Friday, 30 November 2012

Bible Reading Plan: The Minor Prophets

This is a somewhat belated post (for which apologies) on the 'Twelve Minor Prophets', whose books are traditionally read around this time of the year in the Office at Matins, and are set for the Bible Reading Plan over November and early December.


These prophets are called 'minor' not because they are unimportant (quite the contrary, they are very important indeed) but because they are short: the longest two books of the group (Hosea and Zechariah) clock in at fourteen chapters; while the shortest, Obediah and Haggai, have only one.

Despite their shortness, several of them are quoted in the New Testament very frequently indeed, in part because some of their prophesies are fulfilled in the New Testament, but also because of the enduring nature of the warnings they contain.

The prophets frequently point to the importance of right behaviour, providing the seeds of the social teachings of the Church.  They should also though, remind us that the failure of God's people to keep his covenant - whether new or old - has real consequences in the here and now.

What is a prophet?

These writings stretch over quite a long period - from the eighth to the fourth centuries BC, and the things they describe often overlap with events recounted in the historical books.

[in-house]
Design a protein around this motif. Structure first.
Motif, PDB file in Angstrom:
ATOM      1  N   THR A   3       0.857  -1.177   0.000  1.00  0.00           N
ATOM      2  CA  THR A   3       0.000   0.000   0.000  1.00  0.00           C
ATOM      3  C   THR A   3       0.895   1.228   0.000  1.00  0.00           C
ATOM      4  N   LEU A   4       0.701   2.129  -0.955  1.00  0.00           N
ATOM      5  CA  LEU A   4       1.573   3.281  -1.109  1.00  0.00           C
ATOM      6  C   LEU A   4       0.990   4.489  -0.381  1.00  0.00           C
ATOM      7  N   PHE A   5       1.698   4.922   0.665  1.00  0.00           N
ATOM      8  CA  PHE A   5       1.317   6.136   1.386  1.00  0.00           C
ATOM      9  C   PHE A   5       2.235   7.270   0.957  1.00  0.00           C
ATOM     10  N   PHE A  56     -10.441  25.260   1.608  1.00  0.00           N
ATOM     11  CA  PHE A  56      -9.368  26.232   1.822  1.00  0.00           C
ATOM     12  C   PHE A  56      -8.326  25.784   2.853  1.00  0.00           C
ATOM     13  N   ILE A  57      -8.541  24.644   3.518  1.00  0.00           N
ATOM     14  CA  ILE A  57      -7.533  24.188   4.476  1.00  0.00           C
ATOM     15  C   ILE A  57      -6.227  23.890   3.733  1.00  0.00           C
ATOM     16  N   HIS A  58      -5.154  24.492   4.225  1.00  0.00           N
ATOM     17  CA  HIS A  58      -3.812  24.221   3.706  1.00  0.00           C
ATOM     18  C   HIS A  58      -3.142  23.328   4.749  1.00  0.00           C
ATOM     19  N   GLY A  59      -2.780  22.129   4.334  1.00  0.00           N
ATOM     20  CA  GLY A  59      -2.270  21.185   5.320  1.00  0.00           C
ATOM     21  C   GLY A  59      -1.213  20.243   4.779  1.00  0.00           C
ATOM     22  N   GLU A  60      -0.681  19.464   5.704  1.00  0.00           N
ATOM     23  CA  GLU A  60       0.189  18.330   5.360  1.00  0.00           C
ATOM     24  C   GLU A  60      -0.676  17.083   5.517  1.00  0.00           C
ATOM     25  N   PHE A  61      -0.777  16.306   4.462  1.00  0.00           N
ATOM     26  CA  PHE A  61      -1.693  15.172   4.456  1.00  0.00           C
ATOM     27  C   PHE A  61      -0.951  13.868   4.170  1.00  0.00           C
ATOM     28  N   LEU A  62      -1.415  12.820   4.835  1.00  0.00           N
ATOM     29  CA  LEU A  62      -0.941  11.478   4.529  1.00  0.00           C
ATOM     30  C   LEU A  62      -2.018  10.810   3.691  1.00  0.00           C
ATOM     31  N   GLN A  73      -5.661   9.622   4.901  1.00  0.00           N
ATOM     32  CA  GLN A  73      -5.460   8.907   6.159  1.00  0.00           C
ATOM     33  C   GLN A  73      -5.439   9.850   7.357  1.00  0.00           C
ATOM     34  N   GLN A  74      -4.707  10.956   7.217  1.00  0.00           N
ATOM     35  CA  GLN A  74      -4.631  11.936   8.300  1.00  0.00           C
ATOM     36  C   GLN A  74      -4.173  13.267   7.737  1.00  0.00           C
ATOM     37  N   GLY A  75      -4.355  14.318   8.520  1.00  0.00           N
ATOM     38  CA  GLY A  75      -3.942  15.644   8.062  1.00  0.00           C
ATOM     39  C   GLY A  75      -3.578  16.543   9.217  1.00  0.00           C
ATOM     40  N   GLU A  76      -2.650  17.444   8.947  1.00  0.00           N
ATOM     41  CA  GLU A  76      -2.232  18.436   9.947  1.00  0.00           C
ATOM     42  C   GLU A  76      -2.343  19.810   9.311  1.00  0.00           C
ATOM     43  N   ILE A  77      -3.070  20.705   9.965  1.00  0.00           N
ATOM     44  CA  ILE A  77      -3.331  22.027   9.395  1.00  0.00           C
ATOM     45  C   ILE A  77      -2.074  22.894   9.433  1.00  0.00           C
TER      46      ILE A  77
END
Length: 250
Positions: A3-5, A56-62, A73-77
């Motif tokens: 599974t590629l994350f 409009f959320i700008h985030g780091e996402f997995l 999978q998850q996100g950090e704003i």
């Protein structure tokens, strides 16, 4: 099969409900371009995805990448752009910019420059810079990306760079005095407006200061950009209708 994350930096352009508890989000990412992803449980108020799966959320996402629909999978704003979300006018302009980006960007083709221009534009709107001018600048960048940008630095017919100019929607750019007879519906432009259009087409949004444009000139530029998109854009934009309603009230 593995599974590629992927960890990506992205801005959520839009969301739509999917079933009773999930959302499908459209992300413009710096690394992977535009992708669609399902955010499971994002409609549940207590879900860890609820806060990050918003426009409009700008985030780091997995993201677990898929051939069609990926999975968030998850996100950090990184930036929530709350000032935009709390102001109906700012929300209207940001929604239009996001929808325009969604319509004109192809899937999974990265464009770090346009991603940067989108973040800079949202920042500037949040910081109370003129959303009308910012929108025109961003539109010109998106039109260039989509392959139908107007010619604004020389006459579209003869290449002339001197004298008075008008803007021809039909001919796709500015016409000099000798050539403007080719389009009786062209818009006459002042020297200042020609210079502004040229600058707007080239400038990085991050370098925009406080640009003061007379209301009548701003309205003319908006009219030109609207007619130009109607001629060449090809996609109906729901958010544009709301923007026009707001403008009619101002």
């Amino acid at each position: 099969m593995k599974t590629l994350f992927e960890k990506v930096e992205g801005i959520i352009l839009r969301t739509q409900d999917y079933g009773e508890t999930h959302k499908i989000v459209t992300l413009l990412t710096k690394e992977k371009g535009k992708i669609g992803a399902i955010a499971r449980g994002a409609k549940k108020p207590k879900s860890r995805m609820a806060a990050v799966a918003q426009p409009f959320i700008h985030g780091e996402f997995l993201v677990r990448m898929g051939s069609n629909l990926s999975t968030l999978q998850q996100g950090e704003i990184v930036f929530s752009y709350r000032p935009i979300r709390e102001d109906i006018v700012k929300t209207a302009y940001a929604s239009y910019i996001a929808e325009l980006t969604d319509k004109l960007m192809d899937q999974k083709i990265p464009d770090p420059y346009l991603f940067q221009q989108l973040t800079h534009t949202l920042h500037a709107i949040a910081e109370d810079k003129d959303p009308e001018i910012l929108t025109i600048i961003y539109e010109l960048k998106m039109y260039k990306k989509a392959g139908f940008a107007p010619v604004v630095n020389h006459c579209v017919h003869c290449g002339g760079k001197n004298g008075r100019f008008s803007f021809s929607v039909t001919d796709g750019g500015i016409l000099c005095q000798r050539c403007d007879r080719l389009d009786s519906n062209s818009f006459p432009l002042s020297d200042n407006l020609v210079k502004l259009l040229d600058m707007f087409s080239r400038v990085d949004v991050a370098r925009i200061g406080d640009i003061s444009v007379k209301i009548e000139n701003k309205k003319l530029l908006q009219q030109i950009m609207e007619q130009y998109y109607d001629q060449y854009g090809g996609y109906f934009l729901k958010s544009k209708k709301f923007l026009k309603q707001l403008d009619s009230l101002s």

What they have in common is that the speaker played a charismatic role in his time: the prophets were not (necessarily) priests, but rather derived their authority to speak directly from a charism granted by God.

Some of them were instructed by God to use dramatic means to get the message across: the instruction to Hosea to marry a harlot,  to symbolize the state of the marriage between God and his people, being right up there.

I have to admit, though, that my favourite is the most reluctant of the prophets, Jonah, who when told to call on Nineveh to repent, first ran in the opposite direction, and after finally giving the warning rather hoped they wouldn't heed it, and was angry when they were spared!

A quick guide to the twelve...

Here is a quick guide to the twelve books.

Hosea (Nov 14-17) - Fourteen chapters long, Hosea prophesied between around 745-730.  Born in the reign of King Jeroboam II in the Northern Kingdom of Israel, this was a turbulent period when Israel managed to depose or assassinate six kings in the course of twenty years and was invaded by the Assyrian Empire at least twice.  The key issue for Hosea though is the resulting religious syncreticism that grew up: in an effort to appease the invaders, the people worshiped pagan gods and priests failed to teach.  The relationship between God and his people is depicted as a marriage - and infidelity was rife.  One particularly relevant to our times!

Joel (Nov 18) - Three chapters long, scholars are split on when this was written, debating whether it was very early indeed (830-740) or around 400 BC, after the return of the people to Jerusalem from Exile, but before the Greek invasion.  Either way, it is a call to repentance and penance in the face of a calamity (historically a plague of locusts).